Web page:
I was toying on Facebook, as I am quite known to do; when I stumbled across this music video starring Slim Shady.
At first I was taken aback by it. What the HELL? Is Eminem- copying me?
He’s running around as a super hero, looking a lot like Robin. Okay so once upon a time, I did a strange take on Harley. I coincidentally dyed my hair the same colors as the time Suicide Squad came about. He’s imitating a Batman-like superhero. I’m imitating a Batman-like supervillain, what gives?
Then there’s the yoga. I’m doing so much yoga, lately. The man is definitely. Most D E F I N I T E L Y copying me.
When a person in a bunny costume makes an appearance, I remember this GIF:
I created the above GIF to advertise my book, Life Imitates Art, Tier II: Dinner. It references a scene wherein I see bunnies hopping during a job interview as a manager describes a ping.
I shared Slim Shady’s post and I typed a bit of a joke before I noticed the release date. 2004.
This was the first time I had seen this video. I tried to let it go, but it haunted me. What is the universe trying to tell me? What do I know about Mr. Shady?
In the video, he says he’s obscene. He’s confiscating his CD from kids. What is up with that parental advisory, anyway?
Speaking of parental advisories. . .
If I were to rate my autobiographical fairy tale series, I’d give it an X. In knowing this, as the owner of a small publishing company; it would be in my best interest to do some research.
Does literature require the same type of advisory warnings as the audio-visual arts? Why or Why not?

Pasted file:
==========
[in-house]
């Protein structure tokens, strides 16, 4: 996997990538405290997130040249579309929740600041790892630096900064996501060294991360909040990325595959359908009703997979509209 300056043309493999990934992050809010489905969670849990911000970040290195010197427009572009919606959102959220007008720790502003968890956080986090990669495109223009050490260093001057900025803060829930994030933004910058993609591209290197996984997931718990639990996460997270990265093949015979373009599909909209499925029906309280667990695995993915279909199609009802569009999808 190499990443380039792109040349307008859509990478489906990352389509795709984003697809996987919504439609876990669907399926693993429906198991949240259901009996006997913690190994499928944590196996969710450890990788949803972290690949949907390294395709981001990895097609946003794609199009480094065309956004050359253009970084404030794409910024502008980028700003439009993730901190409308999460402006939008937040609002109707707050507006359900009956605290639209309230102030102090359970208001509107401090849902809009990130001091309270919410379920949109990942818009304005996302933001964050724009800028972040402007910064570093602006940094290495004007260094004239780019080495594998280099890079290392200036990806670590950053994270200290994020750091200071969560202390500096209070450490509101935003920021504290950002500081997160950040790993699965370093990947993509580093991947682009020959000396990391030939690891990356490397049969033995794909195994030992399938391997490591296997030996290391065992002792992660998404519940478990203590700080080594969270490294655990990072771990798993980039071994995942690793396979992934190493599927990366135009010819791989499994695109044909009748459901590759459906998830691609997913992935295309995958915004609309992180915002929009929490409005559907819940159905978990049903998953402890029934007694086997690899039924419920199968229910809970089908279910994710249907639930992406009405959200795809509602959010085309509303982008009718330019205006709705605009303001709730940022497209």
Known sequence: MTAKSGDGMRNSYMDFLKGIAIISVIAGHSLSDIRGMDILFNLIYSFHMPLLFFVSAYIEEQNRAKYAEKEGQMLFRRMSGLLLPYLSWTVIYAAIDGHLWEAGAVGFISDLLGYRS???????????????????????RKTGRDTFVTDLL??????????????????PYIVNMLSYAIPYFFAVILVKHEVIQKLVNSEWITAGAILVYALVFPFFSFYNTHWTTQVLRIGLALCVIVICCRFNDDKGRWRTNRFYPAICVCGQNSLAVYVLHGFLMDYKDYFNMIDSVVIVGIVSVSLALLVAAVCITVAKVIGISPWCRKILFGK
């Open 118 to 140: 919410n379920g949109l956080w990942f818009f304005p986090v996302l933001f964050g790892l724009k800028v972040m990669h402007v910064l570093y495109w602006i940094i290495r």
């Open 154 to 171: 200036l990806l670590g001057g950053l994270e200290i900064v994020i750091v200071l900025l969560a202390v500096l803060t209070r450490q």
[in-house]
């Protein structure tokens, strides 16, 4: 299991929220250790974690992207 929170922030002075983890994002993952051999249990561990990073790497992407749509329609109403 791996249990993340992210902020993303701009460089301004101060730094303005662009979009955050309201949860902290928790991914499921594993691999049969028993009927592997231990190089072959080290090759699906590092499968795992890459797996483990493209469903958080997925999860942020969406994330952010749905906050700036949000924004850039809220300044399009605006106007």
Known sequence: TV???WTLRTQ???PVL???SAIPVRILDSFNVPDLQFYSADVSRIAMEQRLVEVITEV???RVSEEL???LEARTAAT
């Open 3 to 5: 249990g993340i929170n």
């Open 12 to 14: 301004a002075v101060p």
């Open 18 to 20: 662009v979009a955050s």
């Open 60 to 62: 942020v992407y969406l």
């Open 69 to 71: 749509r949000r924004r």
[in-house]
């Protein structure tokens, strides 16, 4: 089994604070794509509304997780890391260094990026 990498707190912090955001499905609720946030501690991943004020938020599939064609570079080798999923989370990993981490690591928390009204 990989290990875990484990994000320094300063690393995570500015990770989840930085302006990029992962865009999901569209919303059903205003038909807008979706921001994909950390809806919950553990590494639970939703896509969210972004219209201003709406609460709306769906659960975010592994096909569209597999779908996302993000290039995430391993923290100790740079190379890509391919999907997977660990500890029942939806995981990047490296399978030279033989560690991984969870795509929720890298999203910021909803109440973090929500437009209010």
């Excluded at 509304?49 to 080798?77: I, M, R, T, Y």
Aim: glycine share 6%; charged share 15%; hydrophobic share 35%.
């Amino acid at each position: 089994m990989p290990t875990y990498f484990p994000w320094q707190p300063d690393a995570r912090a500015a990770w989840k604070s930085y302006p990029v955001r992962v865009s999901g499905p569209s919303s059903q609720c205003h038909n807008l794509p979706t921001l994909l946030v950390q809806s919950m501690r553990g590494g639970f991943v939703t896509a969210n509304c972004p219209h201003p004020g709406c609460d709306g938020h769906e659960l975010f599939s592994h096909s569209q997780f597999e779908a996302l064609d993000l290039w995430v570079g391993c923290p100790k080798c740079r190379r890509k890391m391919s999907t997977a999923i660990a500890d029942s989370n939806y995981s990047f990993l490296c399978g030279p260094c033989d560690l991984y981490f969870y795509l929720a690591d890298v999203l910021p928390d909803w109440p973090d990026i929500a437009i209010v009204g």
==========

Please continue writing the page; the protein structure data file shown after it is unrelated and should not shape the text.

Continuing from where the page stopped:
According to this piece published in 2010 by NPR, ‘Music is rated by the artists who make it and their labels.’ I looked up a few things and found that there isn’t, really, a coalition of authors or publishers that can easily be found via a Google search engine who are readily labeling their content.
Now. Back to me. Under my alias, Yolanda Paptie, I have written an autobiographical fairytale series.
Everything about those three words sounds innocent. There’s not a hint of shady in the context. While librarians may know where to put the books in their library; I honestly don’t want kids getting a hold of these titles and reading them without parental consent.
Growing up my mother would allow me to acquire just about any book I wanted and rather than read the book with or before me; she would require that I write a report on the thing. Books are acquired in the same mannerisms as – say – a CD, tape, blue ray video, or video game. Online, in stores, and sometimes traded.
In knowing that, I must commit to having some form of parental advisory notice for the explicit works that I’ve created.
Which is why I’ve chosen to include an adult content notice on all covers of works published by A Rosebud Rejoicing that are perceived by this company as unsuitable for children. Parents, if your child has a hold of a book with this label on its cover – I recommend confiscating or reviewing prior to allowing them to read the work.